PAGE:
Holland America Line
has launched a new marketing campaign that incorporates Microsoft Tag 2D bar code technology
to connect its print advertising to more information about cruise options and onboard amenities via a web-based interactive experience. The smartphone campaign is designed to encourage consumer engagement and social sharing of Holland America brand content.
"Leveraging Microsoft's Tag technology is a new way to engage potential cruisers in an interactive video experience that brings the Holland America Line brand to life," says Richard D. Meadows, CTC, executive vice president, marketing, sales and guest programs. "The ability to connect printed materials to a more captivating digital experience that can be easily shared adds a new dimension to our marketing efforts."
Tags will appear in Holland America Line consumer magazine advertisements and consumer brochures. When scanned by a smartphone using the Microsoft Tag Reader (a free download at www.gettag.mobi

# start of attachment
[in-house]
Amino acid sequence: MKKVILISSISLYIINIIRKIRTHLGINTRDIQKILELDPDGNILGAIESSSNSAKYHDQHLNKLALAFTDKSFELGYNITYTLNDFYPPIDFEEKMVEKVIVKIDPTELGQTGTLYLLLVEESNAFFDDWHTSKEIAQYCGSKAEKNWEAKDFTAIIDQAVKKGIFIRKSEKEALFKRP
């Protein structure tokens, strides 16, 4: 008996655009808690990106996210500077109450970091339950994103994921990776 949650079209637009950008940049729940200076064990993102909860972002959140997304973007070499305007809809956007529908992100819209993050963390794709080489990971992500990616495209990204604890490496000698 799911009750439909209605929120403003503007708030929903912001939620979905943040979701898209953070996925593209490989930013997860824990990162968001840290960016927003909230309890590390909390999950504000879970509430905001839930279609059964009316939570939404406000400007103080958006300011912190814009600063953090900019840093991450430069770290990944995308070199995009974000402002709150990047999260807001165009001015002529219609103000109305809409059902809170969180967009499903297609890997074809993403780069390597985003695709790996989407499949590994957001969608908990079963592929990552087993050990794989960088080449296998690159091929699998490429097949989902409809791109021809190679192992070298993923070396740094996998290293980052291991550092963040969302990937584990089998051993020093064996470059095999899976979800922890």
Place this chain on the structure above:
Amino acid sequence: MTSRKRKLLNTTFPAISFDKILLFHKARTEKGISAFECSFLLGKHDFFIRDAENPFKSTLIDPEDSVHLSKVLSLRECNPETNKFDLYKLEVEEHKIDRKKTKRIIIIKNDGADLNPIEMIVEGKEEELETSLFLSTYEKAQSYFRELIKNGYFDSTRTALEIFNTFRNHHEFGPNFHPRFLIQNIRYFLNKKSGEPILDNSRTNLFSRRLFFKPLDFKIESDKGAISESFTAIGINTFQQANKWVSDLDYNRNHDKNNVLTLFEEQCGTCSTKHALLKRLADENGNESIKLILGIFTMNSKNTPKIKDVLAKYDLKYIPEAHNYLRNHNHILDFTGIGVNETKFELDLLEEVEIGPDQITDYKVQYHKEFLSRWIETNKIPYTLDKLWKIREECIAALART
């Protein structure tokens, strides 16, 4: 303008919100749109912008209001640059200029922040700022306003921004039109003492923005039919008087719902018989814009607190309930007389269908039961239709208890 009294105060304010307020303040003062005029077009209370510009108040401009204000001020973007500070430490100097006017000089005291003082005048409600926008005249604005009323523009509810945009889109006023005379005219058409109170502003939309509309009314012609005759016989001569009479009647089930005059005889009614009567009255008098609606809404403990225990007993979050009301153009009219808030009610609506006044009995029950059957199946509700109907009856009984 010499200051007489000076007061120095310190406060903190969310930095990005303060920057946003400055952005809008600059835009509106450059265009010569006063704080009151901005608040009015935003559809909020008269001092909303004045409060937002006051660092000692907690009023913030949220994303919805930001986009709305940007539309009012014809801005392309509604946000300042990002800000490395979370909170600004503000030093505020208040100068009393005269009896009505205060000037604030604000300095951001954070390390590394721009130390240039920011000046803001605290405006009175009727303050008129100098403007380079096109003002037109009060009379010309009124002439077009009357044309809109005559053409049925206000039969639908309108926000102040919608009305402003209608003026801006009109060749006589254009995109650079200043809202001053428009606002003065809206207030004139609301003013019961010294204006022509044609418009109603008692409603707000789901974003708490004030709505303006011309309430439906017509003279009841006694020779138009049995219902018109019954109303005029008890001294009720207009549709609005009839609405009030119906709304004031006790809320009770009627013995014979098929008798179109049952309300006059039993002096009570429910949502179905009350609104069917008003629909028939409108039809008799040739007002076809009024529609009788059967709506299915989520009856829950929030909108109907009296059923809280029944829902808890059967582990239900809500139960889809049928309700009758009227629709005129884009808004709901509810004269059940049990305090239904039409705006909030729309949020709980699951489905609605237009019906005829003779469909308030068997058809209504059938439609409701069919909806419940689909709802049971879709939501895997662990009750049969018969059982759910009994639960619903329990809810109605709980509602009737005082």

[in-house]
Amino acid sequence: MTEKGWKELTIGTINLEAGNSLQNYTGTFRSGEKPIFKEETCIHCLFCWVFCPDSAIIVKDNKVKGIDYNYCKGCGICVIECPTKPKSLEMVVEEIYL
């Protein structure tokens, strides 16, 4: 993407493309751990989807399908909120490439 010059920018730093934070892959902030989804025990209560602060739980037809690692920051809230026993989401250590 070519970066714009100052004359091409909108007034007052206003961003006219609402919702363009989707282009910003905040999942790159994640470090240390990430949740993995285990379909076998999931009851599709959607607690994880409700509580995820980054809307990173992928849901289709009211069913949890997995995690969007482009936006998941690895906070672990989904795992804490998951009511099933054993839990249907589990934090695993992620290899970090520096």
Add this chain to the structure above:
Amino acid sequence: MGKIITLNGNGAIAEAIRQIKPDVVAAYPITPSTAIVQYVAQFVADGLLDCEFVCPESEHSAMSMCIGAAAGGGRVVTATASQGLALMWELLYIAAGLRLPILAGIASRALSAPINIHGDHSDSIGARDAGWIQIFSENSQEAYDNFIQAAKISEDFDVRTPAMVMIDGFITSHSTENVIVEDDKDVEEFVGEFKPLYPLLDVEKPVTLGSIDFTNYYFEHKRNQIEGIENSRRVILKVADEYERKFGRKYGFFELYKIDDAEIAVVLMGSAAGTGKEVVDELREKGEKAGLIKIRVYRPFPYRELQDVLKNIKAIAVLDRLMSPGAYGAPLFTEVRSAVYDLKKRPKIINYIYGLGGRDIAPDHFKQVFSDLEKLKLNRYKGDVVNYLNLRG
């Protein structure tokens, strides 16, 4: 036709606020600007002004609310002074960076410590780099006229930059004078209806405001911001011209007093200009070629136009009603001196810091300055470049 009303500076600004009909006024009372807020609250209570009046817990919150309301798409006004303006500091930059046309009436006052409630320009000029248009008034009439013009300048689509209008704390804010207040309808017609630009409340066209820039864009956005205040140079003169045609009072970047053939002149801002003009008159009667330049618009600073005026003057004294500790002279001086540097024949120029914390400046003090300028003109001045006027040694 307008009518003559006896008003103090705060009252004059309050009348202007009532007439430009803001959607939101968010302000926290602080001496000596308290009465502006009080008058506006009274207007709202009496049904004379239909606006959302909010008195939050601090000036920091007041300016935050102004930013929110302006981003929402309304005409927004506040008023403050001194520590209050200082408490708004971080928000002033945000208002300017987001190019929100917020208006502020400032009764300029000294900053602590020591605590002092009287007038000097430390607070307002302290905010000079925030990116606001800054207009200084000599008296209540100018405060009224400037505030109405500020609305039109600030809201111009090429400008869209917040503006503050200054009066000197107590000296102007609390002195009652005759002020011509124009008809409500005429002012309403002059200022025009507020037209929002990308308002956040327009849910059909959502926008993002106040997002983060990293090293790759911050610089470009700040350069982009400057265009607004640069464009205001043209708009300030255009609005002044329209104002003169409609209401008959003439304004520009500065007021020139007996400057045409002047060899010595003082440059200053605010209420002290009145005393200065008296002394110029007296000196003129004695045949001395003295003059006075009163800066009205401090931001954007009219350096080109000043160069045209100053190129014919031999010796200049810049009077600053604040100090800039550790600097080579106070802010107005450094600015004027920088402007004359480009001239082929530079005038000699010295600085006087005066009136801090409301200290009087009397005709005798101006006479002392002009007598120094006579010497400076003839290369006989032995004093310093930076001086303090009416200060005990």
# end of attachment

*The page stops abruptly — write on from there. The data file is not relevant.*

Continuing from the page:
), the Tag will open a mobile site containing video and interactive content delivered in a simple interface designed for easy sharing. Tag Reader is a free phone app, not an online app and accesses the Internet via the phone's data plan, so normal charges apply.
The desktop version of the experience is delivered via a Facebook Page that behaves like a website with links to specific content being shared. The content and user interface are designed to encourage sharing and include a series of mobile-optimized videos and a mobile gallery displaying art collections aboard Holland America Line ships.
The Microsoft Tag Reader supports Android, Blackberry, iPhone, Java 2 Micro Edition, Symbian S60, Windows Mobile and Windows Phone 7 smartphones.
The Tags will appear in consumer print advertising in publications including Food & Wine, The New York Times Magazine and Travel + Leisure. Tags also will appear in branded materials, product brochures and in Mariner Magazine, Holland America Line's quarterly loyalty magazine.
The campaign was conceived and developed by Seattle-based Hey, a brand content and advertising agency, and 8ninths, a creative technology firm.